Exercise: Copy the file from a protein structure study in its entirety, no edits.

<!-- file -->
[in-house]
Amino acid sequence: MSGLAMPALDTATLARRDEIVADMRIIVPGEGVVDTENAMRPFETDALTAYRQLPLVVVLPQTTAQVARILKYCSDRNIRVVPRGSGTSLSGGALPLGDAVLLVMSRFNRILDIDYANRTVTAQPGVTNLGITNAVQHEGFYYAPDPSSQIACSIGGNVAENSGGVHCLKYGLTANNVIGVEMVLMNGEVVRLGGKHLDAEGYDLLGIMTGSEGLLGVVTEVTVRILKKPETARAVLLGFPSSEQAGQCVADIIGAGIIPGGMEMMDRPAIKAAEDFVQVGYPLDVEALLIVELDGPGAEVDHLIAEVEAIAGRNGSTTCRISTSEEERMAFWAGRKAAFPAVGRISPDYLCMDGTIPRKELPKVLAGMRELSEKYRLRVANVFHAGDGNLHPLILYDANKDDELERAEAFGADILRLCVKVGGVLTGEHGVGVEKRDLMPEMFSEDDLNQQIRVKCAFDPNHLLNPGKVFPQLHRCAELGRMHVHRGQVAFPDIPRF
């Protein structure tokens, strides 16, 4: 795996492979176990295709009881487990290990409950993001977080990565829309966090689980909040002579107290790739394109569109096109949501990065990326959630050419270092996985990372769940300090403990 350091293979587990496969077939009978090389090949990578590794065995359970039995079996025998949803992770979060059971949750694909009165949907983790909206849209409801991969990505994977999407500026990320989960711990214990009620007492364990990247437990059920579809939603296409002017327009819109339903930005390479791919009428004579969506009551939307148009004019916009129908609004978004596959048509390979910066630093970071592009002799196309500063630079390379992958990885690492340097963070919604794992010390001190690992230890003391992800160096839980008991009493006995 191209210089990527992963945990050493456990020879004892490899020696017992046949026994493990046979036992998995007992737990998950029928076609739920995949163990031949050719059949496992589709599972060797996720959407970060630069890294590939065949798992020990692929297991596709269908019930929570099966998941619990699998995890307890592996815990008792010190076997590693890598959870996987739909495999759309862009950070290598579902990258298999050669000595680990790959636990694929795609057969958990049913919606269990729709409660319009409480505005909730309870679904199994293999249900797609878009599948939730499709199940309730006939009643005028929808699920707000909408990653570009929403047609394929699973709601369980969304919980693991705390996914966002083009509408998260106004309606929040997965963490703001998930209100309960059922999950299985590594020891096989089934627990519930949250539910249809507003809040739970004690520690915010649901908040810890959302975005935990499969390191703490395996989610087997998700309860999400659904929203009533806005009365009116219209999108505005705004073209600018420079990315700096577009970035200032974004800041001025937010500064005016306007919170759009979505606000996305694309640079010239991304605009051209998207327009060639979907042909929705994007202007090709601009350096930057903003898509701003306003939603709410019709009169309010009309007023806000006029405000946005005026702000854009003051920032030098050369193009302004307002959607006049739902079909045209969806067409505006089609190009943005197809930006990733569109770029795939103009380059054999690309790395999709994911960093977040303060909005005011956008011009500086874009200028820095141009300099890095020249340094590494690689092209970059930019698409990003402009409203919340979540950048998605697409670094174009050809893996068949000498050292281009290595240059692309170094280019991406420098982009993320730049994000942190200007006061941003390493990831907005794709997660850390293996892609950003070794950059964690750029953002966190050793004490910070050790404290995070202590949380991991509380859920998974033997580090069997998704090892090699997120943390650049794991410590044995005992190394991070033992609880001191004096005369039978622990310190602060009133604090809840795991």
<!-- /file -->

[in-house]
Amino acid sequence: MSGLAMPALDTATLARRDEIVADMRIIVPGEGVVDTENAMRPFETDALTAYRQLPLVVVLPQTTAQVARILKYCSDRNIRVVPRGSGTSLSGGALPLGDAVLLVMSRFNRILDIDYANRTVTAQPGVTNLGITNAVQHEGFYYAPDPSSQIACSIGGNVAENSGGVHCLKYGLTANNVIGVEMVLMNGEVVRLGGKHLDAEGYDLLGIMTGSEGLLGVVTEVTVRILKKPETARAVLLGFPSSEQAGQCVADIIGAGIIPGGMEMMDRPAIKAAEDFVQVGYPLDVEALLIVELDGPGAEVDHLIAEVEAIAGRNGSTTCRISTSEEERMAFWAGRKAAFPAVGRISPDYLCMDGTIPRKELPKVLAGMRELSEKYRLRVANVFHAGDGNLHPLILYDANKDDELERAEAFGADILRLCVKVGGVLTGEHGVGVEKRDLMPEMFSEDDLNQQIRVKCAFDPNHLLNPGKVFPQLHRCAELGRMHVHRGQVAFPDIPRF
């Protein structure tokens, strides 16, 4: 795996492979176990295709009881487990290990409950993001977080990565829309966090689980909040002579107290790739394109569109096109949501990065990326959630050419270092996985990372769940300090403990 350091293979587990496969077939009978090389090949990578590794065995359970039995079996025998949803992770979060059971949750694909009165949907983790909206849209409801991969990505994977999407500026990320989960711990214990009620007492364990990247437990059920579809939603296409002017327009819109339903930005390479791919009428004579969506009551939307148009004019916009129908609004978004596959048509390979910066630093970071592009002799196309500063630079390379992958990885690492340097963070919604794992010390001190690992230890003391992800160096839980008991009493006995 191209210089990527992963945990050493456990020879004892490899020696017992046949026994493990046979036992998995007992737990998950029928076609739920995949163990031949050719059949496992589709599972060797996720959407970060630069890294590939065949798992020990692929297991596709269908019930929570099966998941619990699998995890307890592996815990008792010190076997590693890598959870996987739909495999759309862009950070290598579902990258298999050669000595680990790959636990694929795609057969958990049913919606269990729709409660319009409480505005909730309870679904199994293999249900797609878009599948939730499709199940309730006939009643005028929808699920707000909408990653570009929403047609394929699973709601369980969304919980693991705390996914966002083009509408998260106004309606929040997965963490703001998930209100309960059922999950299985590594020891096989089934627990519930949250539910249809507003809040739970004690520690915010649901908040810890959302975005935990499969390191703490395996989610087997998700309860999400659904929203009533806005009365009116219209999108505005705004073209600018420079990315700096577009970035200032974004800041001025937010500064005016306007919170759009979505606000996305694309640079010239991304605009051209998207327009060639979907042909929705994007202007090709601009350096930057903003898509701003306003939603709410019709009169309010009309007023806000006029405000946005005026702000854009003051920032030098050369193009302004307002959607006049739902079909045209969806067409505006089609190009943005197809930006990733569109770029795939103009380059054999690309790395999709994911960093977040303060909005005011956008011009500086874009200028820095141009300099890095020249340094590494690689092209970059930019698409990003402009409203919340979540950048998605697409670094174009050809893996068949000498050292281009290595240059692309170094280019991406420098982009993320730049994000942190200007006061941003390493990831907005794709997660850390293996892609950003070794950059964690750029953002966190050793004490910070050790404290995070202590949380991991509380859920998974033997580090069997998704090892090699997120943390650049794991410590044995005992190394991070033992609880001191004096005369039978622990310190602060009133604090809840795991």